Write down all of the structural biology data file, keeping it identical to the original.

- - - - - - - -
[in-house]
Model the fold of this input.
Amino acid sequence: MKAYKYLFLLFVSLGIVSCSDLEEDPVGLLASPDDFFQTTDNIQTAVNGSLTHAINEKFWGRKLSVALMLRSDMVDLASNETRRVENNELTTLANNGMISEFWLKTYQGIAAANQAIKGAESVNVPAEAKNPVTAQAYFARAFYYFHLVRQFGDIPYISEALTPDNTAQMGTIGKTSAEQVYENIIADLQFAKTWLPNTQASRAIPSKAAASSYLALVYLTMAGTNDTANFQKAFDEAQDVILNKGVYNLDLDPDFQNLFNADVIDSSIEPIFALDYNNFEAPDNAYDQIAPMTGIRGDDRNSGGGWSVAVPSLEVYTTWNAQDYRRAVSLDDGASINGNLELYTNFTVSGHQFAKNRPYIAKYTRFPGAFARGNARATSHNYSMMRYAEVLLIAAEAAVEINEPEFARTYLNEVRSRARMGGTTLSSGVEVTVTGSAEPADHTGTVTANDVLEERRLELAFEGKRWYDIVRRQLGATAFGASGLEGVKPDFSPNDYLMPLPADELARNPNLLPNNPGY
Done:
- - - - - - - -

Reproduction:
[in-house]
Model the fold of this input.
Amino acid sequence: MKAYKYLFLLFVSLGIVSCSDLEEDPVGLLASPDDFFQTTDNIQTAVNGSLTHAINEKFWGRKLSVALMLRSDMVDLASNETRRVENNELTTLANNGMISEFWLKTYQGIAAANQAIKGAESVNVPAEAKNPVTAQAYFARAFYYFHLVRQFGDIPYISEALTPDNTAQMGTIGKTSAEQVYENIIADLQFAKTWLPNTQASRAIPSKAAASSYLALVYLTMAGTNDTANFQKAFDEAQDVILNKGVYNLDLDPDFQNLFNADVIDSSIEPIFALDYNNFEAPDNAYDQIAPMTGIRGDDRNSGGGWSVAVPSLEVYTTWNAQDYRRAVSLDDGASINGNLELYTNFTVSGHQFAKNRPYIAKYTRFPGAFARGNARATSHNYSMMRYAEVLLIAAEAAVEINEPEFARTYLNEVRSRARMGGTTLSSGVEVTVTGSAEPADHTGTVTANDVLEERRLELAFEGKRWYDIVRRQLGATAFGASGLEGVKPDFSPNDYLMPLPADELARNPNLLPNNPGY
Done: